Witchhazel (Hamamelis virginiana)

Witchhazel (Hamamelis virginiana)

Photo by: Photo Courtesy of Bailey Nurseries 

Photo Courtesy of Bailey Nurseries 

How to Plant and Grow Witch Hazel

Plant container-grown or balled-in burlap stock in full sun for best overall shape. In hot regions, a bit of afternoon shade is beneficial. Soil should remain consistently moist.

How to Care for Witch Hazel

According to Egan Davis of the Van Dussen Botanical Gardens in Vancouver, BC, witch hazel can flower at a time of the year when nothing else is blooming – anytime from December up until March, depending on what kind of season you have. Even better, they don’t require special feeding or fertilizer and they’ll grow in almost any soil.

Pruning Witch Hazel

Although witch hazel is fairly low maintenance overall, the trees require regular pruning in order to maintain their horizontal growth habit, says Egan. "When you are pruning them, it’s important that when you make your cut, you keep in mind that the line you leave is long and straight."

It’s also a good idea to keep suckers – nonflowering twigs coming from the root stock – in check. Summer is the best time to remove suckers, which are often a different color from the main shrub. Cut suckers close to the ground so that stubs left behind won’t produce new suckers.

Photo by: Shutterstock/chuyuss


Transplanting Witch Hazel

Witch hazel can grow quite large so try to site it in a space where it will have plenty of room. If you need to transplant, Egan recommends following these steps:

  1. First clear any leaf debris from around the base of the tree and cut around the root ball with a spade. "What I want is for the root ball to be completely separated form the ground before I go in and lift it." Eventually the tree will topple.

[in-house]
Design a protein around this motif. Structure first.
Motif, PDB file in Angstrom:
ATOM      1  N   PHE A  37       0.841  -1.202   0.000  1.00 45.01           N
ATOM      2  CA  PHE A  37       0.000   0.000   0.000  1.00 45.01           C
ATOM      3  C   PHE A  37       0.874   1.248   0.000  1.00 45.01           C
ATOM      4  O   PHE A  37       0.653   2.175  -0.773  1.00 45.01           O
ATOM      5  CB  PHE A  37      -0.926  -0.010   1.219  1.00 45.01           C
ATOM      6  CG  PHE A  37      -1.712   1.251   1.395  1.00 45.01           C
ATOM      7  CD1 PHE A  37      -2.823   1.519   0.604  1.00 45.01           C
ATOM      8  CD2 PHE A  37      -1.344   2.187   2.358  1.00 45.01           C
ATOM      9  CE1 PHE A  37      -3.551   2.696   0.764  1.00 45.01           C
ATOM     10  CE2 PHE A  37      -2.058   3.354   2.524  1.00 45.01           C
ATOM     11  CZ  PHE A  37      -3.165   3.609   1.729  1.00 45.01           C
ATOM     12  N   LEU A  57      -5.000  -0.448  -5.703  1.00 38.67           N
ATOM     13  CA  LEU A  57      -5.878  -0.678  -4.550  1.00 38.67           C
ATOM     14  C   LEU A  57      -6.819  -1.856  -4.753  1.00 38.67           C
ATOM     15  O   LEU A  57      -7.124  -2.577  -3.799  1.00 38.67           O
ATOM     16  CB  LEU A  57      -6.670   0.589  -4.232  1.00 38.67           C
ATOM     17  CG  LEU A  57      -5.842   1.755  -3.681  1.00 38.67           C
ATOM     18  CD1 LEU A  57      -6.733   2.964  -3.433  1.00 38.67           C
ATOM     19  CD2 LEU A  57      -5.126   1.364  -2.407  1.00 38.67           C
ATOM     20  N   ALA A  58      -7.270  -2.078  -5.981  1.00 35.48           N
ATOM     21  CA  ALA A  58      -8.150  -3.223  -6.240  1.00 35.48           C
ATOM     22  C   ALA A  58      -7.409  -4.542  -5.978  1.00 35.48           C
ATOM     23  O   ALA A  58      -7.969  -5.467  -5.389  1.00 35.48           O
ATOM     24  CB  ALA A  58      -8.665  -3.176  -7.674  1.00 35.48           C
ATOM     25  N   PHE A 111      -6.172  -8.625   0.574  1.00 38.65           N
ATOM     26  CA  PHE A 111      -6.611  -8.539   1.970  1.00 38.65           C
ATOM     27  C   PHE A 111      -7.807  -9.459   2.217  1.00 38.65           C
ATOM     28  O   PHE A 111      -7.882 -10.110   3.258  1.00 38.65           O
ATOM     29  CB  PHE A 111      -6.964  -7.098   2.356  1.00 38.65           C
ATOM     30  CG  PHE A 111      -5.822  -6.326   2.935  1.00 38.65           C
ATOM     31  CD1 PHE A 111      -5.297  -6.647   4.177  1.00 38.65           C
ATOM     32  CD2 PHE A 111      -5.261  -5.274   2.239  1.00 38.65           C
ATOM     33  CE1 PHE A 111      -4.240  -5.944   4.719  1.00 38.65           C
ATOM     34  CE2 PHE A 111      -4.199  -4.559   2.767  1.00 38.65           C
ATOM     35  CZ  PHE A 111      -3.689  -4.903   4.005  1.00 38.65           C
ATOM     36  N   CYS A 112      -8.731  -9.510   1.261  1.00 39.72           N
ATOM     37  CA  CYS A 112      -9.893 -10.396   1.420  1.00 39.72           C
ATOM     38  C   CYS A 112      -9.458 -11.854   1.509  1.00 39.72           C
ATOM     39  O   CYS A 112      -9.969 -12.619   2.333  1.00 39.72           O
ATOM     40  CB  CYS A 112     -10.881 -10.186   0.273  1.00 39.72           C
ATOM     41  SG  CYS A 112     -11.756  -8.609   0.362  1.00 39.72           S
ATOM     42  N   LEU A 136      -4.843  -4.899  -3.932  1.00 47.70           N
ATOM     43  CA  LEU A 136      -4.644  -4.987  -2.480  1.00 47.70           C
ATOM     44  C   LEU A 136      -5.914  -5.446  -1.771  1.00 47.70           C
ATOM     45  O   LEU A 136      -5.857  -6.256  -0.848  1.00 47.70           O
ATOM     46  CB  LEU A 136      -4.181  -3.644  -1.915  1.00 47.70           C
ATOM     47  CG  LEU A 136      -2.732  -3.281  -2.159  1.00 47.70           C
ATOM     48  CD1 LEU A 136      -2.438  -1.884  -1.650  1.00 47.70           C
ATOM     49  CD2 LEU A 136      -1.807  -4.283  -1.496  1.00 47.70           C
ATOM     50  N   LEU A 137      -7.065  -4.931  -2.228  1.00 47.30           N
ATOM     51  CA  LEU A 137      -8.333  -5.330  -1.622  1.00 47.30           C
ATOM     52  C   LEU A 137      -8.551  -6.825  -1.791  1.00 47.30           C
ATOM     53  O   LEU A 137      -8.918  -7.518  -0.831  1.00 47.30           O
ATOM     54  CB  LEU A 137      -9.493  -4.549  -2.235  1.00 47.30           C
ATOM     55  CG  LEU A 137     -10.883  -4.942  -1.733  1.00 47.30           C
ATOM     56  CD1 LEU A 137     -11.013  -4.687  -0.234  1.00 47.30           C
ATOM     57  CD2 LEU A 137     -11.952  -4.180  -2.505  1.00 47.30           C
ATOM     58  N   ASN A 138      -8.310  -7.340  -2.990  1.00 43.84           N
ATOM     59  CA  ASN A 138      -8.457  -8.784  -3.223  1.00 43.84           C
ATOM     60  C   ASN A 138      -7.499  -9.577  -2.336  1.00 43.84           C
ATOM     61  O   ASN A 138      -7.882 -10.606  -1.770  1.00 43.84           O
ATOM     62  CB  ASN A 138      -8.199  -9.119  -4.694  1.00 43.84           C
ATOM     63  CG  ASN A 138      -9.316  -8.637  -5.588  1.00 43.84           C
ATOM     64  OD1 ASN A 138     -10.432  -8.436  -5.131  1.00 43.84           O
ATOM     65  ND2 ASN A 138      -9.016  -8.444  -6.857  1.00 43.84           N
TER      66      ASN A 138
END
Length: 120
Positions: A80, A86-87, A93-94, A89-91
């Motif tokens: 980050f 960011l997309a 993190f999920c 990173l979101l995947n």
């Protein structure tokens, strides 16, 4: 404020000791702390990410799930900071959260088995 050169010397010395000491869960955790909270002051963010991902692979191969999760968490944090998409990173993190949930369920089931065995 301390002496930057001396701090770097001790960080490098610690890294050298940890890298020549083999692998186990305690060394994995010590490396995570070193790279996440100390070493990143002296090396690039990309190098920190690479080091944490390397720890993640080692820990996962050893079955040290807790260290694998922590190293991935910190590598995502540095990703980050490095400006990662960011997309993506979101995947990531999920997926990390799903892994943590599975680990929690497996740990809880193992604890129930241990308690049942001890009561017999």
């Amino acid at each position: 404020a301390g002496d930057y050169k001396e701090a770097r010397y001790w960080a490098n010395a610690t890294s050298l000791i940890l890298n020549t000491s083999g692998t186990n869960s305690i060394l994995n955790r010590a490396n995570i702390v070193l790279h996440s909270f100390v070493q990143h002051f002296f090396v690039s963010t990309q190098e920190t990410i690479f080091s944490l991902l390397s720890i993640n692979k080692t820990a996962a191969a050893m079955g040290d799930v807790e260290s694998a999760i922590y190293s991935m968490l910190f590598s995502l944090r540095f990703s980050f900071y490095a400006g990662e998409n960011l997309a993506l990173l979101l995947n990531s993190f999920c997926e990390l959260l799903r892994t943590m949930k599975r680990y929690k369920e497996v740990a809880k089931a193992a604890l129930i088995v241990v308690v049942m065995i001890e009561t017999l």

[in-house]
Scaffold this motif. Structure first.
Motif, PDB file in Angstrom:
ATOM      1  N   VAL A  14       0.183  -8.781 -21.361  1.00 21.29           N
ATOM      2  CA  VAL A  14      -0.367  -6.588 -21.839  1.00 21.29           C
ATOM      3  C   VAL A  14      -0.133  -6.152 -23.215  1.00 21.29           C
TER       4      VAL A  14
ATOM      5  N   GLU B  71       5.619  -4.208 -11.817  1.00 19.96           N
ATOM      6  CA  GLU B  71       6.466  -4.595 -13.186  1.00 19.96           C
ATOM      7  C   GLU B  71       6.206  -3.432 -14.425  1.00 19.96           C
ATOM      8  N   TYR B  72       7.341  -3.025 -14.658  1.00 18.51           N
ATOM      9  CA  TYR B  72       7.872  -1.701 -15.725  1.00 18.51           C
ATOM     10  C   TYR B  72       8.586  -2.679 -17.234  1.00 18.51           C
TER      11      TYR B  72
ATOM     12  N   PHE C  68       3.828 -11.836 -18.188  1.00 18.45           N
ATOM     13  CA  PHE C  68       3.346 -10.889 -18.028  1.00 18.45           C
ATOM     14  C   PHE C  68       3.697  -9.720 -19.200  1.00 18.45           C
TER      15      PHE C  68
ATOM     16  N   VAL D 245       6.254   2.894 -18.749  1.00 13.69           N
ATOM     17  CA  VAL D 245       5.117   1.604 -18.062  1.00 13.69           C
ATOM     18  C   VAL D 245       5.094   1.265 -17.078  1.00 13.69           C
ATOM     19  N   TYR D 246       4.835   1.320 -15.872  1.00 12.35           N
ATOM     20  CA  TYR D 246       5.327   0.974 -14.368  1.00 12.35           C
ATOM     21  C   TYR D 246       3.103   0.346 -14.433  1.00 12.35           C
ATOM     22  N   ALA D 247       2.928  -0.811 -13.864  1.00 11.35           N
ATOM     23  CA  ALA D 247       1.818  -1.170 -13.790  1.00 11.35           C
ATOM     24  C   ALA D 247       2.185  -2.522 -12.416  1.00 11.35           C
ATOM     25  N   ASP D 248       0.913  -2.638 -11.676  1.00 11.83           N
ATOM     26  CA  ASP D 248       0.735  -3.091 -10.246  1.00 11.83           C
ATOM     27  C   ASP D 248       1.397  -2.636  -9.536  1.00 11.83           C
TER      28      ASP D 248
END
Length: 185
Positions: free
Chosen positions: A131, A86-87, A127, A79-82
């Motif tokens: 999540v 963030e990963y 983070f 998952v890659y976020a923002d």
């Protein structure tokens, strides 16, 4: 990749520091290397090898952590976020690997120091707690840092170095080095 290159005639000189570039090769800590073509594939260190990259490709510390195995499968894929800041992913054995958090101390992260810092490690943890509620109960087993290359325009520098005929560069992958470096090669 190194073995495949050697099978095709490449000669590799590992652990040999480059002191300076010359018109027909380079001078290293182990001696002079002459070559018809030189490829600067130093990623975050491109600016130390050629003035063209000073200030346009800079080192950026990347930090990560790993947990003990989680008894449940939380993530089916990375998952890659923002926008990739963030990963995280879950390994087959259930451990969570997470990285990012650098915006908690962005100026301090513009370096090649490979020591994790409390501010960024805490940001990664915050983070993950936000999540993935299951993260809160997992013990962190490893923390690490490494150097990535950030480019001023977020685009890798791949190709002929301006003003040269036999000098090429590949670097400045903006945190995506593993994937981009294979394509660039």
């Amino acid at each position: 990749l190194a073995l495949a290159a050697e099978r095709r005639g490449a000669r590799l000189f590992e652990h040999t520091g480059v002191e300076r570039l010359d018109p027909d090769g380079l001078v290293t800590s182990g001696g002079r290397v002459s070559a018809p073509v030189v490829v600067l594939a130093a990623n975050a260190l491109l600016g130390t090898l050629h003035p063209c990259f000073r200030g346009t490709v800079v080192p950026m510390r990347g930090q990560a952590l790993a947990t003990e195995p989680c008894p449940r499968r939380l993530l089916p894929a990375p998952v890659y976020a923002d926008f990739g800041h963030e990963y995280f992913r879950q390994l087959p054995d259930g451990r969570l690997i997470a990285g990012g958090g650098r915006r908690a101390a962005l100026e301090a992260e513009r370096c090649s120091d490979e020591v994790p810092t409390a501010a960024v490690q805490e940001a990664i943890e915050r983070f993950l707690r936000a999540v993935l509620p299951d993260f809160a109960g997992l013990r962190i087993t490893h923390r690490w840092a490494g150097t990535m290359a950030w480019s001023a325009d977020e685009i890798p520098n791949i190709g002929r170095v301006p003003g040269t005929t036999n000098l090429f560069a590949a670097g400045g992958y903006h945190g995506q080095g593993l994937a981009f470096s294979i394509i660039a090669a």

2. Bundle the root ball with burlap; this will keep the ball stable and secure for the move.
  3. Use a shovel placed under the root ball to pull the tree to its new location. Place the witch hazel tree, with the burlap still in place, into the new planting hole. "You could actually damage the root ball if you remove the burlap, so don’t worry about that," says Egan.
  4. When situating the tree, make sure the root ball is slightly above the surrounding surface grade of the soil and not buried too deep. For a little added winter protection, cover the base with leaf mulch, and you’re done.
Native Shrub Fall Color

American Witch Hazel (Hamamelis virginiana)

Yellow flowers with ribbon-like petals appear on plants in late fall about the time that leaves drop, providing an important late-season pollen source for insects. Plant form is a shrub to small tree. In its native setting, witch hazel favors woodland settings with well-drained, acidic soil, but tolerates heavy clay soil. Plants form suckers and will spread to form a shrubby colony. Remove suckers to keep plant spread in check. Witch hazel is hardy in Zones 3 to 8.

Photo by: BaileyNurseries.com


Mulching Witch Hazel

Provide a three-inch layer of mulch to hedge against summer drought stress.